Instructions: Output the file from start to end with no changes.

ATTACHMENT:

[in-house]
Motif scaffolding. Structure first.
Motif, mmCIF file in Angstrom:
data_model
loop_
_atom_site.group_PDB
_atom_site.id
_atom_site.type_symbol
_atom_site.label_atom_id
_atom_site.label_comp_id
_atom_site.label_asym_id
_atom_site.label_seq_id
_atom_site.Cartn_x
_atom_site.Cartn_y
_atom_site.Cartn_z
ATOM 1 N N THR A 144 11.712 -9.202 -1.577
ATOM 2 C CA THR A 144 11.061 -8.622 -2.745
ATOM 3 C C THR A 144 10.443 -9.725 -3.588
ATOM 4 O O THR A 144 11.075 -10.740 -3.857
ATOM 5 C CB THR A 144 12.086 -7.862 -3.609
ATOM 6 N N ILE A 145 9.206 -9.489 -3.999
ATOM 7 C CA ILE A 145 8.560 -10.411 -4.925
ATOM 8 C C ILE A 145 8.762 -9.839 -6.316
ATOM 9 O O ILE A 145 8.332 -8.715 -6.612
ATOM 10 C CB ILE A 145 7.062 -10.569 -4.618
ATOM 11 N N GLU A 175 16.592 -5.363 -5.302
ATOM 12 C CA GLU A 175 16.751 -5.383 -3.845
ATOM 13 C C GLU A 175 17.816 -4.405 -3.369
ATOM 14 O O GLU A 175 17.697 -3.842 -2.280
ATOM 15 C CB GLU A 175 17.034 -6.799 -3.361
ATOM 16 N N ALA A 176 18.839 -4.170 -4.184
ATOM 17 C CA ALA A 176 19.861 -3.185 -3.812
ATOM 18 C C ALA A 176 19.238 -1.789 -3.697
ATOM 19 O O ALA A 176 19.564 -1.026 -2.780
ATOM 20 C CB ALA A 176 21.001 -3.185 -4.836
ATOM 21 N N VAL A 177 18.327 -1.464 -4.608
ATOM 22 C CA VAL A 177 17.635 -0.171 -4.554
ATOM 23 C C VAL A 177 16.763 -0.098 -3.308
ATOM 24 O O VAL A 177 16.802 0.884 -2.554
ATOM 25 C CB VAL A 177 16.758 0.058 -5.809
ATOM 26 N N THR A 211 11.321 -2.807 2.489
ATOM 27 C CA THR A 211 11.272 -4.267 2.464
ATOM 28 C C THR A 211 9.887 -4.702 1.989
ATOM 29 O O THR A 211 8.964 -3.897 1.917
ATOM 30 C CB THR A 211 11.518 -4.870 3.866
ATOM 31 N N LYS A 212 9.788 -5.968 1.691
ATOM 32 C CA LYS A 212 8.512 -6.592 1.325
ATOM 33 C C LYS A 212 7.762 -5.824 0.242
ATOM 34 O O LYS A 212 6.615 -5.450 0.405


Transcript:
[in-house]
Motif scaffolding. Structure first.
Motif, mmCIF file in Angstrom:
data_model
loop_
_atom_site.group_PDB
_atom_site.id
_atom_site.type_symbol
_atom_site.label_atom_id
_atom_site.label_comp_id
_atom_site.label_asym_id
_atom_site.label_seq_id
_atom_site.Cartn_x
_atom_site.Cartn_y
_atom_site.Cartn_z
ATOM 1 N N THR A 144 11.712 -9.202 -1.577
ATOM 2 C CA THR A 144 11.061 -8.622 -2.745
ATOM 3 C C THR A 144 10.443 -9.725 -3.588
ATOM 4 O O THR A 144 11.075 -10.740 -3.857
ATOM 5 C CB THR A 144 12.086 -7.862 -3.609
ATOM 6 N N ILE A 145 9.206 -9.489 -3.999
ATOM 7 C CA ILE A 145 8.560 -10.411 -4.925
ATOM 8 C C ILE A 145 8.762 -9.839 -6.316
ATOM 9 O O ILE A 145 8.332 -8.715 -6.612
ATOM 10 C CB ILE A 145 7.062 -10.569 -4.618
ATOM 11 N N GLU A 175 16.592 -5.363 -5.302
ATOM 12 C CA GLU A 175 16.751 -5.383 -3.845
ATOM 13 C C GLU A 175 17.816 -4.405 -3.369
ATOM 14 O O GLU A 175 17.697 -3.842 -2.280
ATOM 15 C CB GLU A 175 17.034 -6.799 -3.361
ATOM 16 N N ALA A 176 18.839 -4.170 -4.184
ATOM 17 C CA ALA A 176 19.861 -3.185 -3.812
ATOM 18 C C ALA A 176 19.238 -1.789 -3.697
ATOM 19 O O ALA A 176 19.564 -1.026 -2.780
ATOM 20 C CB ALA A 176 21.001 -3.185 -4.836
ATOM 21 N N VAL A 177 18.327 -1.464 -4.608
ATOM 22 C CA VAL A 177 17.635 -0.171 -4.554
ATOM 23 C C VAL A 177 16.763 -0.098 -3.308
ATOM 24 O O VAL A 177 16.802 0.884 -2.554
ATOM 25 C CB VAL A 177 16.758 0.058 -5.809
ATOM 26 N N THR A 211 11.321 -2.807 2.489
ATOM 27 C CA THR A 211 11.272 -4.267 2.464
ATOM 28 C C THR A 211 9.887 -4.702 1.989
ATOM 29 O O THR A 211 8.964 -3.897 1.917
ATOM 30 C CB THR A 211 11.518 -4.870 3.866
ATOM 31 N N LYS A 212 9.788 -5.968 1.691
ATOM 32 C CA LYS A 212 8.512 -6.592 1.325
ATOM 33 C C LYS A 212 7.762 -5.824 0.242
ATOM 34 O O LYS A 212 6.615 -5.450 0.405